For your dogs and cats, Christmas is a time when lots of unusual and exciting things are brought into your home. As humans are especially busy and distracted this time of year, it makes the perfect opportunity for your animal companions to be tempted into all sorts of mischief !
Interesting foods, unusual plants and trees, attractive decorations and Christmas presents will be of great curiosity for your pet, but some of these things may be harmful if eaten.
Chocolate contains a chemical called theobromine which is poisonous to both dogs and cats. Generally speaking, the darker and more expensive the chocolate the more theobromine it contains, and therefore the more poisonous it is.
White chocolate contains very little theobromine so it is unlikely to cause chocolate poisoning but it is still very fatty and can make your pet very ill.
Chocolate initially causes vomiting and diarrhoea, but is it also a stimulant and can lead to your pet becoming excitable, as well as developing muscle twitching, tremors, fitting and life threatening problems with their heart. Sever cases can be fatal.
Over the Christmas period make sure that all chocolate is out of reach of your pet. This includes chocolate coins hung from the Christmas tree, advent calendars, boxes of chocolates and don’t forget the wrapped chocolate under the tree. Just because it’s wrapped doesn’t mean your pet can’t smell it !!
Raisins, Grapes, Currants & Sultanas
These are toxic to both dogs and cats and it is believed the dried forms of these fruits are more lethal than grapes. It is not known how much is poisonous, some pets have eaten large quantities of this fruit and had no ill effects, whilst others have become unwell after very small amounts.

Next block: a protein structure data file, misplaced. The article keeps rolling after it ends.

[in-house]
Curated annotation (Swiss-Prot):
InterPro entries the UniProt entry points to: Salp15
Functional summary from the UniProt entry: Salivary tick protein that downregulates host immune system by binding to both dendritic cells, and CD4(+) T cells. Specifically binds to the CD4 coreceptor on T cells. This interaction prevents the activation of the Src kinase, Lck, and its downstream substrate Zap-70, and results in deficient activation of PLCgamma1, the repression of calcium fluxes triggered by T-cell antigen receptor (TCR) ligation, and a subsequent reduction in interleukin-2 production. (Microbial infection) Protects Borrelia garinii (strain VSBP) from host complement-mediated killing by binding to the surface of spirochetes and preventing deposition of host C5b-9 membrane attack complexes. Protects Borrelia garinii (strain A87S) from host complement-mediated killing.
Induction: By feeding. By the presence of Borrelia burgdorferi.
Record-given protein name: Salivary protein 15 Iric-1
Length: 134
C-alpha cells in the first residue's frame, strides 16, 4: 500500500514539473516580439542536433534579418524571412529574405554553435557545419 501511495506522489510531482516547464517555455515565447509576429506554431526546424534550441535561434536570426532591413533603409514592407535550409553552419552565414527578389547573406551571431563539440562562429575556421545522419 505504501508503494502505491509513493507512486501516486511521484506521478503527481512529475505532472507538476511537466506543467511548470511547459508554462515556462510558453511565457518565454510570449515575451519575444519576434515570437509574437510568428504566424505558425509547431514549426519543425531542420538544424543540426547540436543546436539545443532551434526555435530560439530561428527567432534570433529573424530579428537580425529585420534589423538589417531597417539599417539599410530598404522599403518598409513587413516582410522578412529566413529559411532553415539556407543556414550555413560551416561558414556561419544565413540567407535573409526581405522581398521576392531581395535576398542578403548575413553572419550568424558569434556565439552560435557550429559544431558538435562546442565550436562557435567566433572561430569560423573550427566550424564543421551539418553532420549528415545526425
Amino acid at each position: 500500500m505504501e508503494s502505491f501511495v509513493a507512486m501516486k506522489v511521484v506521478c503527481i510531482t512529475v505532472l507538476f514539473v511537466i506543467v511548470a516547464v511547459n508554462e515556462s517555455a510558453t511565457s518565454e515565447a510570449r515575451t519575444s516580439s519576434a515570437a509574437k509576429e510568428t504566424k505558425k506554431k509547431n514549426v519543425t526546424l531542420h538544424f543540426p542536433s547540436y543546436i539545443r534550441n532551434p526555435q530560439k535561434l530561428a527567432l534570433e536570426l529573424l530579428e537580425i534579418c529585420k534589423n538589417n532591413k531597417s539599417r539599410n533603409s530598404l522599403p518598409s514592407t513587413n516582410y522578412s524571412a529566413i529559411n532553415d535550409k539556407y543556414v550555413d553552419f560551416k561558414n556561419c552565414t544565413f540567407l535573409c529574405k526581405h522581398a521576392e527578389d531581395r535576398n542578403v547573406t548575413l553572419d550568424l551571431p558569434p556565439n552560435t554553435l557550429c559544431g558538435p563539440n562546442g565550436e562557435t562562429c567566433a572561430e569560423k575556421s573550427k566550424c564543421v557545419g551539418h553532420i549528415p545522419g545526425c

At this time of year it is possible that these fruits are in abundance in your home. Christmas cake, Christmas pudding, fruit cake, mince pies, stolen and especially chocolate covered raisins.
As well as causing vomiting and diarrhoea, these fruits can cause kidney failure which can be delayed for 24 to 72 hours. Kidney failure may present as a decrease in urination, or show signs of increased thirst. Prompt treatment is important so if your pet does eat any amount contact your veterinarian immediately.
It is not known WHY these nuts are poisonous, but macadamia nuts can cause your pet to appear weak (particularly in their hind limbs), dull, and sleepy. They may sometimes appear wobbly on their feet or in pain or stiff when walking.
Vomiting, tremors, lethargy and an increased body temperature can also occur. These symptoms usually appear within 12 hours and may last for up to 2 days. Some macadamia nuts are covered in chocolate and so pose a double risk to your pet.
Roquefort and other blue cheeses contain a substance called roquefortine C which is an ingredient produced by the fungus used to produce these cheeses. Dogs appear sensitive to this substance and in extreme cases it can cause them to quickly develop muscle tremors and seizures which may last for up to two days.
Although wrappers are not poisonous, they can cause an obstruction in the gut if eaten. This can be dangerous and may require surgical intervention. Signs of an obstruction include vomiting, lethargy, loss of appetite and finding it difficult to pass waste matter.